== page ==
Reaching out

The human health message can help engage new partners for wildlife conservation, says William B. Karesh.

Reaching out

With mad cow disease, monkey pox, Ebola and Avian influenza now household words, it is clear that the health of wildlife, people and domestic animals is inextricably linked. The exponential growth in human and livestock populations, rapid urbanization, intensive agriculture and the massive global trade in animals is increasing the spread of infectious diseases that emerge from contact between animals, humans and the ecosystems in which they live.

One of our challenges as conservationists is to think of innovative ways to engage new constituencies in achieving our goals. We need to find an alignment with other groups by identifying some shared concerns and we're finding that using the human health message is an effective way of doing so.

Millions of kilogrammes of bush meat are consumed each year in Central and West Africa, threatening many species including great apes. We need to change the situation by engaging the people who depend on wild animals for food for their families. By taking health as an entry point, we're finding that local people often share the same goals as conservationists: they want to feel safe, protect the health of their families and their livestock, and secure their natural resources into the future.

Ebola hemorrhagic fever, one of the most virulent diseases known, can be traced back to great ape mortality and the handling of other infected animals. In Central and West Africa, people hunt and unknowingly bring sick animals back to their village where the disease then spreads. Human monkey pox also occurs in the remote villages of this region close to tropical rainforests where there is more frequent contact with infected animals.

We need to better understand the health of primates as so many infectious diseases can be transferred from them. Capacity building and community education is critical. We can train local people to monitor primate health and carry out a disease investigation so that they can start to take care of their natural resources. The laboratories used to do this can also be used to diagnose and treat people in remote areas. Disease in wildlife can then be detected early on and serve as a warning to prevent its spread to people. This approach is proving sustainable because with limited resources local people can take 'ownership' of the activities. Conservationists or health professionals can pass on their skills and move on to build capacity in other areas in need.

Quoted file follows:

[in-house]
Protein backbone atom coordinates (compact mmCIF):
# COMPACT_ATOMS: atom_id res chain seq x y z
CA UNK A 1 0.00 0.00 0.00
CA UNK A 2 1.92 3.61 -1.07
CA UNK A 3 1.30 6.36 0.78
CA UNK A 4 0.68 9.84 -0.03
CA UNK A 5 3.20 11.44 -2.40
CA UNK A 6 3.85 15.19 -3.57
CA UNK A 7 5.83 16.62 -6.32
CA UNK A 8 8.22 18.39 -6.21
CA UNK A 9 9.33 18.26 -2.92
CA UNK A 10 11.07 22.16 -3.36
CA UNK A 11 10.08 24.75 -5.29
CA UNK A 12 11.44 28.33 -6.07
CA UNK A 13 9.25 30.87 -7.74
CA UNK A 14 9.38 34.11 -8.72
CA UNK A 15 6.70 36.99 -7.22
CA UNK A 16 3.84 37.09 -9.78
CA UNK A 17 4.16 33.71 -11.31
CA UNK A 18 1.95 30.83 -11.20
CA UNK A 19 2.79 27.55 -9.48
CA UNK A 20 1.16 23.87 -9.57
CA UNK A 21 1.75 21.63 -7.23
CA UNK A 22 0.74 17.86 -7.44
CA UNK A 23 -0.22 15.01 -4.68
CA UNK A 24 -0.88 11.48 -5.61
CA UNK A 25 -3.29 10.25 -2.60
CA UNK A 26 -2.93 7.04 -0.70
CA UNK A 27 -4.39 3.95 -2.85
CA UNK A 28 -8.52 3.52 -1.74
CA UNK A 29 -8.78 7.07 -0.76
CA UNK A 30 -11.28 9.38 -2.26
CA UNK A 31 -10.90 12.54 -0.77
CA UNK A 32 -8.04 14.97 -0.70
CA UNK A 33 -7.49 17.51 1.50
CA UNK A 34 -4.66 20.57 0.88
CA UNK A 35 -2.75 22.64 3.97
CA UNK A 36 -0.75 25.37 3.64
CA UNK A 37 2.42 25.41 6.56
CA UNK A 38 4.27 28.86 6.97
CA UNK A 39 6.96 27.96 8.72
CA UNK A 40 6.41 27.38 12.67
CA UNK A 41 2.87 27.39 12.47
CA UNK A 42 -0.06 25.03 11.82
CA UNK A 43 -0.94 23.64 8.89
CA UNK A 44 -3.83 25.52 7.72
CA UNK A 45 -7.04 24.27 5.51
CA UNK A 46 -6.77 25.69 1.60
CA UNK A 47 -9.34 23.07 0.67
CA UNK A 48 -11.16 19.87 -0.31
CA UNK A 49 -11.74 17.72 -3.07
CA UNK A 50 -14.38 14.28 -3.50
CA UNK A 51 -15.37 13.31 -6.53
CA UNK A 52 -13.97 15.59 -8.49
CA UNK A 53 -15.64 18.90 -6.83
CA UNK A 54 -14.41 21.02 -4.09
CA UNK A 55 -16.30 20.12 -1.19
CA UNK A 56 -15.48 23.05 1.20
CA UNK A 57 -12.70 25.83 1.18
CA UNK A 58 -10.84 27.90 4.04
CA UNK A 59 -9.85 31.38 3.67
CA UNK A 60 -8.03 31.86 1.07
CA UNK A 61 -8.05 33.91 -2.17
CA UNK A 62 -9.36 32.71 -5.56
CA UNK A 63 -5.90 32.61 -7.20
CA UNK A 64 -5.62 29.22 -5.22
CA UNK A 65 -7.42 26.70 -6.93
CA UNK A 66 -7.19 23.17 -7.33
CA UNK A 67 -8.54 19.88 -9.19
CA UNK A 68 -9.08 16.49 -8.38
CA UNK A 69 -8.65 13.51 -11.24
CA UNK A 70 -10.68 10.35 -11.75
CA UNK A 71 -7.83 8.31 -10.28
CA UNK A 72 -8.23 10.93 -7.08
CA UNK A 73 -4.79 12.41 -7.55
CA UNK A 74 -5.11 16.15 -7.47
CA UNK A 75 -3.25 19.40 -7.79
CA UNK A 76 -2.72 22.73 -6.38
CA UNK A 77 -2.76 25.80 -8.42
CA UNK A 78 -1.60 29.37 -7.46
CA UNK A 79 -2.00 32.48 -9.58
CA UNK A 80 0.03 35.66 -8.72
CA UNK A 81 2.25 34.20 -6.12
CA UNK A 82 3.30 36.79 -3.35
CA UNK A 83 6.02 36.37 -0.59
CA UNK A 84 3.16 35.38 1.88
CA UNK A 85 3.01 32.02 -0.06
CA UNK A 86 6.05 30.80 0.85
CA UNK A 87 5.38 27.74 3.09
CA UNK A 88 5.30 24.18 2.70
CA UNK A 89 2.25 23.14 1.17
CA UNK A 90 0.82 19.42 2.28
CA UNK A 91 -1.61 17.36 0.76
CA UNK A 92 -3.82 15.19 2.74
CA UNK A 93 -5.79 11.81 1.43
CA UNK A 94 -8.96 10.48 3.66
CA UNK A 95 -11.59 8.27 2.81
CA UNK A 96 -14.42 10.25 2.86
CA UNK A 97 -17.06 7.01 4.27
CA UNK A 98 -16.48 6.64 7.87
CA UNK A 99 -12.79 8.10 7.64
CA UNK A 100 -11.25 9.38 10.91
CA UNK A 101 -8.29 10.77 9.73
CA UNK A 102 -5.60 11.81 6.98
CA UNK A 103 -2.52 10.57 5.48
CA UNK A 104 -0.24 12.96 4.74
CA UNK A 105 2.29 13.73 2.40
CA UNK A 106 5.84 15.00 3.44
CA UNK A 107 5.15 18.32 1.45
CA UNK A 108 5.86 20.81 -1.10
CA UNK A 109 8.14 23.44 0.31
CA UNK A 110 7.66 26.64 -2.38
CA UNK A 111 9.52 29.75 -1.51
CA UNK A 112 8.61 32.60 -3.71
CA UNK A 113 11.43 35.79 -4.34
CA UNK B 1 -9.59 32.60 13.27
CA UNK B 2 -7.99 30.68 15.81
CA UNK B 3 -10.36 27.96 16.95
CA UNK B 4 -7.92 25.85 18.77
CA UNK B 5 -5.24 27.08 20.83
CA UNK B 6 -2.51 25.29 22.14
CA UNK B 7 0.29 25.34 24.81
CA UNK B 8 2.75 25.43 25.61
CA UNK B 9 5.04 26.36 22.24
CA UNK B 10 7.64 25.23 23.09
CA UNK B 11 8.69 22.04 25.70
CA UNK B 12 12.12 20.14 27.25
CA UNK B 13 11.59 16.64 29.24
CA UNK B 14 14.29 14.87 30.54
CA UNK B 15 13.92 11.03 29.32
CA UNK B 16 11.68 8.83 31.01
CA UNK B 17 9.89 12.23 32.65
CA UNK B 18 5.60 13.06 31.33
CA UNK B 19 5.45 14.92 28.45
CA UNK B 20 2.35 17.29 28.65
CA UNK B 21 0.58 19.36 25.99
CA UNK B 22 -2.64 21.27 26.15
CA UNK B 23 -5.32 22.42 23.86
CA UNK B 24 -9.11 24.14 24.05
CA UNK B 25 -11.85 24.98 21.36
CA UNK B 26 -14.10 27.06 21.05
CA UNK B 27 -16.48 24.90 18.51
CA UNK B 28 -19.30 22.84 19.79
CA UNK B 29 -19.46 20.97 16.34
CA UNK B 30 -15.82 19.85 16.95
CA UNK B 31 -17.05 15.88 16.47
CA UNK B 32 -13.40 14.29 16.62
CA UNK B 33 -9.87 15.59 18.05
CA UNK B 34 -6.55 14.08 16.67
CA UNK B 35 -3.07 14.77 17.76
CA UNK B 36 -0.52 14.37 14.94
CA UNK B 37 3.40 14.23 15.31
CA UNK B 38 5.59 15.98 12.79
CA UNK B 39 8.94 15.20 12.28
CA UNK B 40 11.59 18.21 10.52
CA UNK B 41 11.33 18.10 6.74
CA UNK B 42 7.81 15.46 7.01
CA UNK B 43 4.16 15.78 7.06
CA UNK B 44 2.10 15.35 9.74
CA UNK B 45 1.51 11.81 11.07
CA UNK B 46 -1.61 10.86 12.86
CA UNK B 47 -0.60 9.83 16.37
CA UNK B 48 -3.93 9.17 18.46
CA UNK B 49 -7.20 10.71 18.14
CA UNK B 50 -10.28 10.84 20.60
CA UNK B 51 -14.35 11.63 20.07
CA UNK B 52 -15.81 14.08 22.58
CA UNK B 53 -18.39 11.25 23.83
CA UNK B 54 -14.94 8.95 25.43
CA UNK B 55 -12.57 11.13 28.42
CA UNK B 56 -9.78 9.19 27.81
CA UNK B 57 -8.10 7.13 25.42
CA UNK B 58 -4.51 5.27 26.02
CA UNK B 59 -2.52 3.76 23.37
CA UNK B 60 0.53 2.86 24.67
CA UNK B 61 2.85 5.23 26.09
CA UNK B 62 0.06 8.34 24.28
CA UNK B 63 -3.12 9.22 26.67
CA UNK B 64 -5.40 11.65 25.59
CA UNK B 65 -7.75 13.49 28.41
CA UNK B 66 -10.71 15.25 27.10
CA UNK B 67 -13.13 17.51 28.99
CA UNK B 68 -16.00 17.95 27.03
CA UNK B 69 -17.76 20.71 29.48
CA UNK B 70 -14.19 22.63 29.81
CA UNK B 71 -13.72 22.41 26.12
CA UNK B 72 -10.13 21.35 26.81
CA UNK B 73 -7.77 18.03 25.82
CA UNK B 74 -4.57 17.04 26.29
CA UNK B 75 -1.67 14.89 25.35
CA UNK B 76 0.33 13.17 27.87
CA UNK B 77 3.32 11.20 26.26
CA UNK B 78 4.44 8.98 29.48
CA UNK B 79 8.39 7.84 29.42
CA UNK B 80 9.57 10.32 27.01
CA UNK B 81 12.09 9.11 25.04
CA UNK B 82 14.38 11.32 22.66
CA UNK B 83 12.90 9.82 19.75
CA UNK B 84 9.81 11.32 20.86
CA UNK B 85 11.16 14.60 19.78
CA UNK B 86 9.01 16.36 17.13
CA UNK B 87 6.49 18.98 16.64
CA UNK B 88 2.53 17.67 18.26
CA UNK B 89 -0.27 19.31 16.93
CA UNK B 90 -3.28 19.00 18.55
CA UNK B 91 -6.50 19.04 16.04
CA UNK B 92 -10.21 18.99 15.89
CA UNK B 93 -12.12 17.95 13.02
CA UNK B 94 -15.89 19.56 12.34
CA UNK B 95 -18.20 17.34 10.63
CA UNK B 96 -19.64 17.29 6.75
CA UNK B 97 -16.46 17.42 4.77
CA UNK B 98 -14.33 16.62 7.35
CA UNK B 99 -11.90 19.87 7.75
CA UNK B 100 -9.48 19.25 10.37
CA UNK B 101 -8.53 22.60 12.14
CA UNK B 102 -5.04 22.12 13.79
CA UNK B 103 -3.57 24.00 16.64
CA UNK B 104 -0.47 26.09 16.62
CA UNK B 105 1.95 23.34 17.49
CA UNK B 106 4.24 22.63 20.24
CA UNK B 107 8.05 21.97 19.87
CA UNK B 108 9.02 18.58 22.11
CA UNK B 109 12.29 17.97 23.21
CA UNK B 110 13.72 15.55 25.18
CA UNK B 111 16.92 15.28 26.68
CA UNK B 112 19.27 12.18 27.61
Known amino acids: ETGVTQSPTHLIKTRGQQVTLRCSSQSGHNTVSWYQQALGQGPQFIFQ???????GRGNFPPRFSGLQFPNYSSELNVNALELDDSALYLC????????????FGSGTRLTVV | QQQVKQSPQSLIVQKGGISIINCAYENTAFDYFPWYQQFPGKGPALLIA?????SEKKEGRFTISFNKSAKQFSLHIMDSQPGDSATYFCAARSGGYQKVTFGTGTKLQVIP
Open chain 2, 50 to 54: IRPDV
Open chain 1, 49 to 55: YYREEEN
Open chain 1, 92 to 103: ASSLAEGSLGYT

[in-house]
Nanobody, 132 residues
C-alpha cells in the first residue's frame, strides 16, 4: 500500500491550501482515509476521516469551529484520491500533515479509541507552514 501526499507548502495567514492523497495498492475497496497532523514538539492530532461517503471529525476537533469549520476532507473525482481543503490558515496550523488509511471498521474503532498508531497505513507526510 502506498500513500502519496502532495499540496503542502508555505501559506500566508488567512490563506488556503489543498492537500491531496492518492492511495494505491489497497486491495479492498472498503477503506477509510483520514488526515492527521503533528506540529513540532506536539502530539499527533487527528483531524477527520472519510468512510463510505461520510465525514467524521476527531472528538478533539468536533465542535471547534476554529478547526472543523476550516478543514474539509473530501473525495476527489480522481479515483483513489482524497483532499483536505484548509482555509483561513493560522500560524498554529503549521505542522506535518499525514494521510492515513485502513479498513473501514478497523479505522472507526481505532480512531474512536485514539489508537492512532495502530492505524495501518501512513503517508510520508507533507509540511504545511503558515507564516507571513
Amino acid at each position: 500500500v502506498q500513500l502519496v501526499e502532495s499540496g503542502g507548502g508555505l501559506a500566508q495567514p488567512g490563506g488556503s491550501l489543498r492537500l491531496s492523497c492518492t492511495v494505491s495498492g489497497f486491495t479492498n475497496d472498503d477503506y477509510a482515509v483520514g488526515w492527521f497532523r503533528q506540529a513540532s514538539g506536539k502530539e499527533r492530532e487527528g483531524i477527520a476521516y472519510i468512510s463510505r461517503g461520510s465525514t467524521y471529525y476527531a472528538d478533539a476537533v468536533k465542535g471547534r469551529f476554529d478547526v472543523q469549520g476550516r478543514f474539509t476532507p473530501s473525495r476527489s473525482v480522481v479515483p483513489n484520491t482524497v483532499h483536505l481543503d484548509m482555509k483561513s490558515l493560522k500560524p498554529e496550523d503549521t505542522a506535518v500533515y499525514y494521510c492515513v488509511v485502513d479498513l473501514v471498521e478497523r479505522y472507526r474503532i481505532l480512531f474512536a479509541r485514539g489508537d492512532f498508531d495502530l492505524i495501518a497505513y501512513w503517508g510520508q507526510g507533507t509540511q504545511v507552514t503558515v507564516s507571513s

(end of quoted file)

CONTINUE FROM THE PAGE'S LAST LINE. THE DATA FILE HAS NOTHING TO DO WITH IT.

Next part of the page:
We're also trying to offer alternatives to consuming wildlife by providing domestic animals as sources of protein to villages. But this presents another set of challenges: domestic animals also bring disease. All over the world, wildlife populations have been infected by diseases brought in by domestic animals transported during human colonization, including rinderpest, foot and mouth disease and tuberculosis. Livestock disease continues to this day to be a tremendous threat to wildlife.

In the Congo basin, where cattle are being imported, we have to avoid the mistakes of the past. It's like opening Pandora's box: once a disease like brucellosis or tuberculosis is let loose into the wild, it is very difficult to control. We need to establish surveillance systems to monitor the cattle being brought in and work with local doctors, nurses and abattoir staff to show how human and livestock health are connected. In some areas, nurses are taking samples from abattoirs to test for TB in cattle.